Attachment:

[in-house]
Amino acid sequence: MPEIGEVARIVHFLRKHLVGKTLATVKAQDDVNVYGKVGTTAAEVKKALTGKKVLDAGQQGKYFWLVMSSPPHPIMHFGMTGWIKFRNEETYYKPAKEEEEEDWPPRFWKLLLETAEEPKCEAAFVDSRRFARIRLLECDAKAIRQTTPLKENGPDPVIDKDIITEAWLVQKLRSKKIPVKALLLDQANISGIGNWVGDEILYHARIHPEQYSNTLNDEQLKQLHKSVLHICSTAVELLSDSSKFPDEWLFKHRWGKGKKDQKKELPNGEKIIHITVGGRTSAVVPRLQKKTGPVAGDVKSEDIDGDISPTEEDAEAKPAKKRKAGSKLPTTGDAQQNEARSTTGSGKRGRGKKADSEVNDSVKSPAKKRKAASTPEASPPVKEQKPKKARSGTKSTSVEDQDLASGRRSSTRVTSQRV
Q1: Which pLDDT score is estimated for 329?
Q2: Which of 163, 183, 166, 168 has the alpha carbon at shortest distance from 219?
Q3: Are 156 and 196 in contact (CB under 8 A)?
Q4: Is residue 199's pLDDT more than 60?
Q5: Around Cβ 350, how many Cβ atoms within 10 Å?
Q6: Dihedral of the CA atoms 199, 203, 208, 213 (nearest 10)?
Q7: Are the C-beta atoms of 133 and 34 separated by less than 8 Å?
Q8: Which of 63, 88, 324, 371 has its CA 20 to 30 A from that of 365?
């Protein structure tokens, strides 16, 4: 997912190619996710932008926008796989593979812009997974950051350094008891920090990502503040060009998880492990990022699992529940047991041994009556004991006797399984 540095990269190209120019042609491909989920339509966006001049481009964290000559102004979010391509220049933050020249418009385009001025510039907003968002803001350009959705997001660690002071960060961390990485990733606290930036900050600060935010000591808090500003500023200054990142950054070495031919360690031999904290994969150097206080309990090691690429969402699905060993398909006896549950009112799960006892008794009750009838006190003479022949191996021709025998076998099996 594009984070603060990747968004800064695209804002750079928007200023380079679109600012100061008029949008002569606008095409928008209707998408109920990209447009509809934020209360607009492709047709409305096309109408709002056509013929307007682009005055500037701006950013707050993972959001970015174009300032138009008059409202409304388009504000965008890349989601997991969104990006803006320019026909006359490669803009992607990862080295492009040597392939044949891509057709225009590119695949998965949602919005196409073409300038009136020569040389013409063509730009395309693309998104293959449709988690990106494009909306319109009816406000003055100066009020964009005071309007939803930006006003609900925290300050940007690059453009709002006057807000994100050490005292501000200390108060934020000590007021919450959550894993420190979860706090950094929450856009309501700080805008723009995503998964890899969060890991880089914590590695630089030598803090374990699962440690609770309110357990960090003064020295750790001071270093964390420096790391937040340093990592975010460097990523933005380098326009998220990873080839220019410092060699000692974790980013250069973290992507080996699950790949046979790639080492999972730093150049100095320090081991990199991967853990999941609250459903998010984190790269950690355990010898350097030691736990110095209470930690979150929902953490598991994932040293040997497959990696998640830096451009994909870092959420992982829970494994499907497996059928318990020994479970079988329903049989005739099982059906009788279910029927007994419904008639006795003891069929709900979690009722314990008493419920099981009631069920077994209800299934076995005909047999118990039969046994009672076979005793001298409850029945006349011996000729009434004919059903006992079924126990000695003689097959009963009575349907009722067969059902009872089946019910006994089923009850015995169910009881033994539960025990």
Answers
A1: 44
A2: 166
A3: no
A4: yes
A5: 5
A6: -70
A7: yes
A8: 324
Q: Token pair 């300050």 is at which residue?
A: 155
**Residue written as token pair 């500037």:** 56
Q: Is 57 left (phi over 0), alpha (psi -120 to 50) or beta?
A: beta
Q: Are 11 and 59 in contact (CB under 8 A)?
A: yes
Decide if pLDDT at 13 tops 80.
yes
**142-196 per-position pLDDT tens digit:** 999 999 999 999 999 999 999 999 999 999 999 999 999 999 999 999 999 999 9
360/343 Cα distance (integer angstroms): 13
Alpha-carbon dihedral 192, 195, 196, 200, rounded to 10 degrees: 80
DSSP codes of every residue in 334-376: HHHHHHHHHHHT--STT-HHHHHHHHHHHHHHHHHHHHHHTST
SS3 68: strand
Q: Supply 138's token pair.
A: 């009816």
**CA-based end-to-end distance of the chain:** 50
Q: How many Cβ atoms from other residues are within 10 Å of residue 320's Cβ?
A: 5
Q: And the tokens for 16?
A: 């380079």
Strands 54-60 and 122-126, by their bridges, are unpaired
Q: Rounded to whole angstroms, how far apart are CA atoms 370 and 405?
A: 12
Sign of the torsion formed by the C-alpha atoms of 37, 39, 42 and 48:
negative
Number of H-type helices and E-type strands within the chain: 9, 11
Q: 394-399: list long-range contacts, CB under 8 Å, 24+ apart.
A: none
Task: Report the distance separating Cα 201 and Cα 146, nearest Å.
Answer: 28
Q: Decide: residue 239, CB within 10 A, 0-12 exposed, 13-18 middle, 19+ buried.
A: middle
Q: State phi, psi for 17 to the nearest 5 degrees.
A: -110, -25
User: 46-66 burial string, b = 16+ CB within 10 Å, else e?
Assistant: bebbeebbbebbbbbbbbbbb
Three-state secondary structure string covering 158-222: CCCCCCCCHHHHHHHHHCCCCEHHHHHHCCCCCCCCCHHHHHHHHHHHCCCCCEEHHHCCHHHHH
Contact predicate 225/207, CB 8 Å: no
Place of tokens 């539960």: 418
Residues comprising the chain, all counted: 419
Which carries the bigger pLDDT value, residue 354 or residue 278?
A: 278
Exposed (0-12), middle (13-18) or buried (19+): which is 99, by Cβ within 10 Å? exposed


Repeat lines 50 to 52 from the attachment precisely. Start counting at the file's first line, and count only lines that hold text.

Task: Report the distance separating Cα 201 and Cα 146, nearest Å.
Answer: 28
Q: Decide: residue 239, CB within 10 A, 0-12 exposed, 13-18 middle, 19+ buried.